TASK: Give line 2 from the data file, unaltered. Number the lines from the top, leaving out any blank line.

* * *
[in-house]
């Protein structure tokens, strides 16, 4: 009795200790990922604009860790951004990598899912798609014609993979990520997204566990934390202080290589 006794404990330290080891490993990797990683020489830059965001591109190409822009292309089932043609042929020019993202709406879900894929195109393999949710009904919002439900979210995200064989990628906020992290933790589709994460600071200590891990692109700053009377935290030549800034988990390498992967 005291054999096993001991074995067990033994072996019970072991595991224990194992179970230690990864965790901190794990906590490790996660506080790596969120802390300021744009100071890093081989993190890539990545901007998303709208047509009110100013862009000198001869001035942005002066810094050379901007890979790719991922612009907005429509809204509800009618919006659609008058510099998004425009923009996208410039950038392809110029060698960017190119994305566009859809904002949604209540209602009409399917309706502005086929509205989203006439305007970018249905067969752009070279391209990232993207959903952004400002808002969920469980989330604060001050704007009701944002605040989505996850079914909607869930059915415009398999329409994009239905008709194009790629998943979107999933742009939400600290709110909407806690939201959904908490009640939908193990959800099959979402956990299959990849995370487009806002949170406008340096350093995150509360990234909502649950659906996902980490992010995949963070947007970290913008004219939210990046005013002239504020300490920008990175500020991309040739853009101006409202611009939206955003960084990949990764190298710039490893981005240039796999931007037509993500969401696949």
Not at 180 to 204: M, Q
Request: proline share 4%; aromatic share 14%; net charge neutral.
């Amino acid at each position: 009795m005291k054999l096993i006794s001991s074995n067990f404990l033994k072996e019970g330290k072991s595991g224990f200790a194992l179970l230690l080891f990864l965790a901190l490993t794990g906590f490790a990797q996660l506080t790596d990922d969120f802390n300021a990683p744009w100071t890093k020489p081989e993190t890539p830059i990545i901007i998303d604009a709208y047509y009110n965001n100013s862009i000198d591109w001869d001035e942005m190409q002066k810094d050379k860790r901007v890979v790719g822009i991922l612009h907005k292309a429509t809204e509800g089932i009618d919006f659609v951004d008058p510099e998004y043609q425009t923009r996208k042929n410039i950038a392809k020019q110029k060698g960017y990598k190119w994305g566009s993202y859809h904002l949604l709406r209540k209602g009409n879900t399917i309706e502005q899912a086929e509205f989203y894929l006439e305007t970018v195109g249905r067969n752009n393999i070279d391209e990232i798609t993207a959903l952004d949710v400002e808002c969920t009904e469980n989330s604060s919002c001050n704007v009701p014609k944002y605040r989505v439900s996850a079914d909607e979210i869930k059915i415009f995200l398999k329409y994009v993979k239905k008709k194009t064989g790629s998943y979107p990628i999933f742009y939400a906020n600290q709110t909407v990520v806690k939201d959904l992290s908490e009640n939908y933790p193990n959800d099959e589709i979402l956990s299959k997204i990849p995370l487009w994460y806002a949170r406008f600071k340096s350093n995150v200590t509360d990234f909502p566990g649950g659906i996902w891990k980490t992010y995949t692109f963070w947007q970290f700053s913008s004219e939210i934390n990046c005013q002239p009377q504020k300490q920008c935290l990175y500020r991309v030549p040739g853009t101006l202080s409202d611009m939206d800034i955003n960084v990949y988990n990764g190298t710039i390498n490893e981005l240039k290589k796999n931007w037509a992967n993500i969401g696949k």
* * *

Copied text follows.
């Protein structure tokens, strides 16, 4: 009795200790990922604009860790951004990598899912798609014609993979990520997204566990934390202080290589 006794404990330290080891490993990797990683020489830059965001591109190409822009292309089932043609042929020019993202709406879900894929195109393999949710009904919002439900979210995200064989990628906020992290933790589709994460600071200590891990692109700053009377935290030549800034988990390498992967 005291054999096993001991074995067990033994072996019970072991595991224990194992179970230690990864965790901190794990906590490790996660506080790596969120802390300021744009100071890093081989993190890539990545901007998303709208047509009110100013862009000198001869001035942005002066810094050379901007890979790719991922612009907005429509809204509800009618919006659609008058510099998004425009923009996208410039950038392809110029060698960017190119994305566009859809904002949604209540209602009409399917309706502005086929509205989203006439305007970018249905067969752009070279391209990232993207959903952004400002808002969920469980989330604060001050704007009701944002605040989505996850079914909607869930059915415009398999329409994009239905008709194009790629998943979107999933742009939400600290709110909407806690939201959904908490009640939908193990959800099959979402956990299959990849995370487009806002949170406008340096350093995150509360990234909502649950659906996902980490992010995949963070947007970290913008004219939210990046005013002239504020300490920008990175500020991309040739853009101006409202611009939206955003960084990949990764190298710039490893981005240039796999931007037509993500969401696949």